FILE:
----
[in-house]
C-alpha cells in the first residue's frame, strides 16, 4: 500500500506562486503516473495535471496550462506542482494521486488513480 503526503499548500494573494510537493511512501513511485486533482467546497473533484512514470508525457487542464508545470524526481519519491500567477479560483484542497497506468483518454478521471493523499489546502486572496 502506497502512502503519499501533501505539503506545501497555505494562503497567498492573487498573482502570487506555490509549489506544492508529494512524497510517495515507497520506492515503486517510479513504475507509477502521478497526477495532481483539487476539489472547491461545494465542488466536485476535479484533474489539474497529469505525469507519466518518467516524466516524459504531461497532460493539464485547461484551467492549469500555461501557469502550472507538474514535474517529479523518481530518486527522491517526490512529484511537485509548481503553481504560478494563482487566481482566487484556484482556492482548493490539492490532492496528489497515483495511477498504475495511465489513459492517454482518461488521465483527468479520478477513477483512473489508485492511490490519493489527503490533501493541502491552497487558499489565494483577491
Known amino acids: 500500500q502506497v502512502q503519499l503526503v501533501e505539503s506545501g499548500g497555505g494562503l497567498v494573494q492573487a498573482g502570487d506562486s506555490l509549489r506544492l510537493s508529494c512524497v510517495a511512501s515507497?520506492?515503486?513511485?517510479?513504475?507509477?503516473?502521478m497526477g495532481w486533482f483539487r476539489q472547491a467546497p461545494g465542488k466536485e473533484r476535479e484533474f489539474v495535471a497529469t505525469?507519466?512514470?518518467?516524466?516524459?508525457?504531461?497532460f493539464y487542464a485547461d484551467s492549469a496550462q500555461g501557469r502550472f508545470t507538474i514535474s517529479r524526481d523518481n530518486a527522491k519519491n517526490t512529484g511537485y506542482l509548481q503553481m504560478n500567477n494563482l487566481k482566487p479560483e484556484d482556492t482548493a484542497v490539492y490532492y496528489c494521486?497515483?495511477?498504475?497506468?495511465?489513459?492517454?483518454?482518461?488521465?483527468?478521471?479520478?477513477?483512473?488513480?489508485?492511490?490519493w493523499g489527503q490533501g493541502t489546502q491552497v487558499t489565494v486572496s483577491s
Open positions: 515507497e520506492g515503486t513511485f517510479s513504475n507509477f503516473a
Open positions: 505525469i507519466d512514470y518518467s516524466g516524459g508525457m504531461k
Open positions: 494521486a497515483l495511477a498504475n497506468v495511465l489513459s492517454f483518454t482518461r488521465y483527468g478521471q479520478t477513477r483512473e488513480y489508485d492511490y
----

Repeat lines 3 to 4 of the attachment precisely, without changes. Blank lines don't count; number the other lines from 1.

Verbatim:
Known amino acids: 500500500q502506497v502512502q503519499l503526503v501533501e505539503s506545501g499548500g497555505g494562503l497567498v494573494q492573487a498573482g502570487d506562486s506555490l509549489r506544492l510537493s508529494c512524497v510517495a511512501s515507497?520506492?515503486?513511485?517510479?513504475?507509477?503516473?502521478m497526477g495532481w486533482f483539487r476539489q472547491a467546497p461545494g465542488k466536485e473533484r476535479e484533474f489539474v495535471a497529469t505525469?507519466?512514470?518518467?516524466?516524459?508525457?504531461?497532460f493539464y487542464a485547461d484551467s492549469a496550462q500555461g501557469r502550472f508545470t507538474i514535474s517529479r524526481d523518481n530518486a527522491k519519491n517526490t512529484g511537485y506542482l509548481q503553481m504560478n500567477n494563482l487566481k482566487p479560483e484556484d482556492t482548493a484542497v490539492y490532492y496528489c494521486?497515483?495511477?498504475?497506468?495511465?489513459?492517454?483518454?482518461?488521465?483527468?478521471?479520478?477513477?483512473?488513480?489508485?492511490?490519493w493523499g489527503q490533501g493541502t489546502q491552497v487558499t489565494v486572496s483577491s
Open positions: 515507497e520506492g515503486t513511485f517510479s513504475n507509477f503516473a